Mount Vesuvius and Pompeii

The only active volcano on mainland Europe is Mount Vesuvius, situated on the west coast of Italy, and most well-known for its eruption in the year 79 A.D. destroying the cities of Pompeii and Herculaneum. It is one of the most dangerous volcanoes in the world due to its proximity to the highly populated city Naples, Italy and other surrounding towns on the mountain's slopes.

In 79 A.D., Mount Vesuvius destroyed the city of Pompeii. It quickly buried the city in volcanic ash and preserved the life of this Ancient Roman city. Because of this unwanted preservation, much has been learned about the city and the disaster. In fact, a detailed account of the disaster was recorded following interviews with survivors by Pliny the Younger, in a letter to his friend Tacitus.

It was just 17 years earlier when the same city experienced an earthquake and it was finally recovering when Vesuvius erupted. The earthquake in 62 A.D. originated beneath the mountain and caused major damage to the springs and piping that provided water for the city.

The earthquakes lasted for several days and damaged the town of Herculaneum and nearby Naples. Several minor quakes occurred for several years, but once it subsided Vesuvius was not given much attention by the citizens, and the people were unprepared for what would happen shortly before noon on August 24, 79 A.D.

Pliny described it as a resembling a pine more than any other tree, 'Like a very high tree the cloud went high and expanded in different branches.... sometimes white, sometimes dark and stained by the sustained sand and ashes.' At 1:00 in the afternoon, the sun was blocked as people tried to clear the heavy ash from the rooftops, but it was falling at a rate of 6 inches per hour.

Less than 12 hours later, at midnight, volcanic mud took over the town of Herculaneum and its citizens escaped to Pompeii. However, just 6 hours later, Pompeii became was covered in the debris and ashes. The victims died almost instantly as the heated air burned their lungs and tightened their muscles. The dead bodies remained in a semi-curled position quickly buried in ash and preserved for hundreds of years.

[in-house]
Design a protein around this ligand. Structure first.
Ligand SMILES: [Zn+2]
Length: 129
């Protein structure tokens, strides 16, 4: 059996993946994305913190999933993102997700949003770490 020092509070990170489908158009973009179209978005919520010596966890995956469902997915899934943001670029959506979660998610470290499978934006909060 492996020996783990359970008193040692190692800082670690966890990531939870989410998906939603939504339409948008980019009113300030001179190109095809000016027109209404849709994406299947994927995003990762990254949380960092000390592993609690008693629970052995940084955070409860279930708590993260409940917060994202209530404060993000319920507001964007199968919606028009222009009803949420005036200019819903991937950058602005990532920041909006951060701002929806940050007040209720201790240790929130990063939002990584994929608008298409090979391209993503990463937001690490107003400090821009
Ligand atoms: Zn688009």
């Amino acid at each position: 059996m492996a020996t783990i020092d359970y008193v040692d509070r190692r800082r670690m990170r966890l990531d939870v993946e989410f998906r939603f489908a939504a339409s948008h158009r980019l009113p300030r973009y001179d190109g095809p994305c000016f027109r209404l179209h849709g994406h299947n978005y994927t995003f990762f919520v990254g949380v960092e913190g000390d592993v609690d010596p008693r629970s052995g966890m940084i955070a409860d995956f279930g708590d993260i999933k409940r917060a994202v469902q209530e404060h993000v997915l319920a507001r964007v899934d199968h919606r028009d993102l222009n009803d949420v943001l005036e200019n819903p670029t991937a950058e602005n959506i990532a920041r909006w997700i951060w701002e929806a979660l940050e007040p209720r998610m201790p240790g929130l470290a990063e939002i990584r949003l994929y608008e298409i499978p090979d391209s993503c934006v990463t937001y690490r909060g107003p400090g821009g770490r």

Following the eruption, Pliny also had witnessed '...the sea retreating as if pushed by the earthquakes.' The movement of the water was most likely caused by a tsunami. He described victims wheezing and gasping for air. About 2,000 people had died. The two cities were abandoned for centuries.

The preserved city that was left behind has taught experts about everyday life in the ancient world. In 1748, Pompeii was discovered by a group of explorers seeking ancient artifacts. They learned that the ashes from the volcano preserved the city. Pompeii appeared the same as it did nearly 2,000 years earlier. Skeletons remained where the people had fallen, objects and household goods were scattered throughout the streets, and later jars of preserved fruit and loaves of bread were uncovered below the ashes.

Mount Vesuvius has erupted about 50 times, but its most famous eruption took place in 79 A.D. when it destroyed, but also preserved, the city of Pompeii. Without the preservation, archaeologists would have learned much less about life during the first century in Italy and the Roman Empire.




A: Naples
B: Herculaneum
C: Rome
D: Vesuvius

A: Tsunami
B: Earthquake
C: Volcano
D: Flood

A: Noon
B: Midnight
C: 1:00 PM
D: 6:30 AM

A: 2,000
B: 1,000
C: 4,000
D: 3,000

A: Maple
B: Oak
C: Pine
D: Palm

A: Skeletons
B: Household goods
C: Loaves of bread
D: All the above








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